IT'S THAT TIME again. As the 95th Congress gives way to the 96th, a new crop of Washington lawyers is being created from those representatives and senators who either retired voluntarily or lost their bids for reelection.

Although some plan to return to the home states, a good number will keep Washington as the main base for a new legal practice.

Sen. James Abourezk (D-S.D.), for instance will join the small Washington firm of Shack & Mendenhall, which will be renamed Abourek, Shack & Mendenhall. Abourezk will also open an office with his nephew in Sioux Falls, S. D. Like most senators and representatives, Abourezk has refused to speak to potential clients until his term is up Jan. 1.

"People are approaching me, but I won't talk to them until I get done," he said. "Right now I don't know who's going to come in the door and hire me. I might even starve if no ones comes" -- but he doubts that.

Although Abourezk -- the only Arab-American in the Senate -- has strong ties with the arb world, he said he isn't looking to pick up clients from among the oil-rich middle eastern countries. Nor does he want to become a lobbyist masquerading as a lawyer.

"I used to be a damned good trial lawyer until I got into politics and I'd like to do that again," said Abourezk who retired after one term in the Senate.

Another retiring senator, James B. Pearso (RKan.), is joining the Washington office of the New York firm Stroock, Stroock & Lavan, ranked among the 100 largest in the country.

In addition, Person will keep his ties in his home state by lecturing and teaching at the University of Kansas.

Sen. Carl T. Curtis (R-Neb.) also will join a Washington law firm but he has refused to name it because of the conflict problem.

Although Sen. William D. Hathaway (D-Me.), who was defeated in November, is telling callers he has not decided what he will do, aides report he is planning to practice law in Washington.

On the House side, Paul Rogers (D-Fla.), known as "Mr. Health" for the expertise he gained in that field as chairman of the House health subcommittee, is planning a washington law practice. He will announce on friday the name of the firm he will join.

Rep. Walter Flowers (D-Ala.) said he still has not decided whether he will practice law in Washington or Alabama, but his fellow House Judiciary Committee member, Rep. Charles E. Wigging (RCalif.) said he is returning to his home state to practice.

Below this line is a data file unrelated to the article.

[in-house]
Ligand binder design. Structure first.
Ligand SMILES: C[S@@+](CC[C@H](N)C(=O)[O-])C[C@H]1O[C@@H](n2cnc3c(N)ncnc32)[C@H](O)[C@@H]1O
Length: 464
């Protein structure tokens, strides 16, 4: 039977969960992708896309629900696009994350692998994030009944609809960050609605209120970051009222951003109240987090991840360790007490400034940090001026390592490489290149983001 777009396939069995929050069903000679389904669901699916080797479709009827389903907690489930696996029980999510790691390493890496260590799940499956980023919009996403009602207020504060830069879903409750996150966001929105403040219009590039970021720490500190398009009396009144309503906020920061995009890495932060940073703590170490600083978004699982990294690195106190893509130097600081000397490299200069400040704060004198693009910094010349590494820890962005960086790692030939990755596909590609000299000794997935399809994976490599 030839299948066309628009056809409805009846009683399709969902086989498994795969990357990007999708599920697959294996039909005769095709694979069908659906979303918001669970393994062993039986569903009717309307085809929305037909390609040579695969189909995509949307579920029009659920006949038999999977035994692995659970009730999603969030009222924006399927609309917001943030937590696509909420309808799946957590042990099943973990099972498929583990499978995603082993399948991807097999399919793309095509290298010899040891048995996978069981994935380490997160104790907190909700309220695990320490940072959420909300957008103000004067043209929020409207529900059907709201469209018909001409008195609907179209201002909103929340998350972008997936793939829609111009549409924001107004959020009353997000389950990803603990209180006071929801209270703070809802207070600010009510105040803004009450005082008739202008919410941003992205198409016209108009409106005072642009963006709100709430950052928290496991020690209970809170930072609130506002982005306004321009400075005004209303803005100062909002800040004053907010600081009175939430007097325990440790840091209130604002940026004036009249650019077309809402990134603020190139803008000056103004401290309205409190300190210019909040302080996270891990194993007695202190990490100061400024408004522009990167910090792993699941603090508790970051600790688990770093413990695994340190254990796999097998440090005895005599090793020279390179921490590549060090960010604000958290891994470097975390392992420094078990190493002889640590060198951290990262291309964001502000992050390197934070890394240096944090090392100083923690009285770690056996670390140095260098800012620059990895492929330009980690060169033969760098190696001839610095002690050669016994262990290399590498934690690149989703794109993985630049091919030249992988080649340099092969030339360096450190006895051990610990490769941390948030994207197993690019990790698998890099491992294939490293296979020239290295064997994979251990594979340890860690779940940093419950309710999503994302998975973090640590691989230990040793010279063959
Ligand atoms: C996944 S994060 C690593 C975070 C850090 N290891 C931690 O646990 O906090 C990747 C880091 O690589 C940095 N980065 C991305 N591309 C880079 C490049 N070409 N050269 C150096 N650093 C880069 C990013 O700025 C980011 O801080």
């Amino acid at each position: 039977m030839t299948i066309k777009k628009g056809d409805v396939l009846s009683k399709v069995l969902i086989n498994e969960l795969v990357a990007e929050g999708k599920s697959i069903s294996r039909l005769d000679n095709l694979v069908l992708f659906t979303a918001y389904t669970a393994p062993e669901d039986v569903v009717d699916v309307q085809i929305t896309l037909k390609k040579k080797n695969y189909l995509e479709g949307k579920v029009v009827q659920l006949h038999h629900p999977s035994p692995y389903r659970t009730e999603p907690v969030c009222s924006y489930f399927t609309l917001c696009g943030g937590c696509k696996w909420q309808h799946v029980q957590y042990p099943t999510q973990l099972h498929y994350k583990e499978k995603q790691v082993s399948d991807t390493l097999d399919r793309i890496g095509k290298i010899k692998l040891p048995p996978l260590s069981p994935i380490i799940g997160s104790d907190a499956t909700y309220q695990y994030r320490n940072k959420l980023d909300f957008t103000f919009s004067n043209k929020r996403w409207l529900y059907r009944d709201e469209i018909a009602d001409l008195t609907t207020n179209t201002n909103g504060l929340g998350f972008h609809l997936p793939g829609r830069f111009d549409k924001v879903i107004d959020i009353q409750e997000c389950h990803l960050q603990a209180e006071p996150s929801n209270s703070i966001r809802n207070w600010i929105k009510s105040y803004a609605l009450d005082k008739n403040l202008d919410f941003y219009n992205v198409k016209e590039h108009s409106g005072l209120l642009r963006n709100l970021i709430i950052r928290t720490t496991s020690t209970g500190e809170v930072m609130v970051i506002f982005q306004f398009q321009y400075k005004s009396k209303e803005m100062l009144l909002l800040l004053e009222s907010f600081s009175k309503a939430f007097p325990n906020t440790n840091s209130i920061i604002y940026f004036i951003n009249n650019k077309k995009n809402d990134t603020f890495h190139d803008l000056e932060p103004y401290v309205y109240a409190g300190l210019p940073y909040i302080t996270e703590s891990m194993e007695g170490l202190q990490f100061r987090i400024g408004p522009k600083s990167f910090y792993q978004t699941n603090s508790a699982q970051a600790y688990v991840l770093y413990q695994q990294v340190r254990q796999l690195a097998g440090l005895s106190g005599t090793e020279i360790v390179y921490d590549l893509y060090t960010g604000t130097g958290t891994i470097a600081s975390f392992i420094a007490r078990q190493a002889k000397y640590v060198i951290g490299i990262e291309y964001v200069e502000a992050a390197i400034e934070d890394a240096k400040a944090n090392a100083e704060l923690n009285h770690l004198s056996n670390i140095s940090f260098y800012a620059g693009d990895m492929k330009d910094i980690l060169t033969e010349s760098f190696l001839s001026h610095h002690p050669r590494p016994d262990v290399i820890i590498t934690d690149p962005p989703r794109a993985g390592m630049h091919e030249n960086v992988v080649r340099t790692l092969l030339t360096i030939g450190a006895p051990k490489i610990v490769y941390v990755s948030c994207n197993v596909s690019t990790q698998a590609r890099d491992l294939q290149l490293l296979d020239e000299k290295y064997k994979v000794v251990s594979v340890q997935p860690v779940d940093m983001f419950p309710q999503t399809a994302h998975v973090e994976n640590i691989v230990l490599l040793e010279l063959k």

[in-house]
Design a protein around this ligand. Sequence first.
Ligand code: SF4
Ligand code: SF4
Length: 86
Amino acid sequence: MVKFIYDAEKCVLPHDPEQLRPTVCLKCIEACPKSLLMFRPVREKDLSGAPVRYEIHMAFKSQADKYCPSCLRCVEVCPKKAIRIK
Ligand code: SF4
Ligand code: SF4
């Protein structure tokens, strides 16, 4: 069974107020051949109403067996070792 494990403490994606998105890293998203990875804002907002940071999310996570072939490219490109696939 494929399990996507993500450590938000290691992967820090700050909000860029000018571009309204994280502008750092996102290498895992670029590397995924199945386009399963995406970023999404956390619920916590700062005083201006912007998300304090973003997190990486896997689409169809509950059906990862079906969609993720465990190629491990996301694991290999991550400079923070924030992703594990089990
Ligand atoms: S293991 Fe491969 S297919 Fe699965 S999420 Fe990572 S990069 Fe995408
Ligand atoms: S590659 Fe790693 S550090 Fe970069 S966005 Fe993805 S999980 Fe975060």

Sen. John J. Sparkman (D-Ala.), retiring after 28 years in the Senate and 12 years in the House, said he is going back to Huntsville, Ala., to set up a law firm with his grandson, Tazewell T. Shepard III, who now is in his last year at the University of Alabama law school at Tuscaloosa.

Wanna bet that will be one new firm not lacking clients?

Virginia's Sen. William Scott (R) will join the Springfield firm of Foldenauer, Maddigan, Scott & Scott (those are his two sons, Paul and William Jr.) when his term ends.

Will that bar ever stop revolving? The D.C. Bar's Board of Governors spent 3 1/2 hours Tuesday thrashing over proposed rules designed to make it harder for lawyers to use the revolving door between government and private practice.

And the Bar officials never got to the most controversial issue, which comes up this afternoon -- the third long session they have devoted to the subject.

The rules coming up this afternoon would disqualify entire law firms from taking cases in which one firm member was involved while working for the government. Unless a special waiver is granted.

Here is a quiz on ethics that is worrying thoughful lawyers, government officials and corporate executives across the country:

What does a lawyer do when he finds officers of a corporation he represents -- the very men who hired him and pay his bills -- acting illegally? Does he tell them to stop? Close his eyes to it all? Or does he report it to the corporation's board of directors?

Who, in fact, does the lawyer owe allegience to -- the people who hired him or the stockholders who really own the corporation?

These disturbing questions were thrust in front or the Securities & Exchange Commission by Georgetown University Las Center's Institution for Public Representation, which said the regulatory agency should require lawyers to report any fraud they uncover to the company's directors, who represent the stockholders.

"Too often the corporate lawyers don't even define the dilemma for themselves. They just fall into lockstep with the chief executive officer," said Charles H. Halpern, the institute's director.

Short takes: William E. Leonard, chairman of the International Trade Commission until 18 months ago, joined the Washington firm of Busby & Rehm as a partner. James Taylor Jr. has moved from associate to partner in the same firm... The first seminar on all the litigation expected to flow from the new energy laws is schefduled for Houston on Jan. 25-26 with a follow-up engagement in Washington on Feb. 7-8. The seminars are run by Legal Times of Washington and Harcourt Brace Jovanovich, and the conference chairmen are Gaynell C. Methvin of the Department of Energy, Dennis G. Linder of the Department of Justice and and Warren Belmar of the Department of Justice.

Switches in Maryland: Wayne N. Jesin leaving Fredericks, Jersin & Philo of Rockville to join the Silver Spring firm of Times & Salter as head of its real estate depatment an administrative partner. Also joining that firm: Miller S. Redden, who left White & Redden of Rockville... Miller Washington attorney Joel D. Joseph challenged Virginia and Maryland residency requirements for attorneys who want to take the bar exams there. He told the Federal Trade Commission the requirements are designed to lessen competition.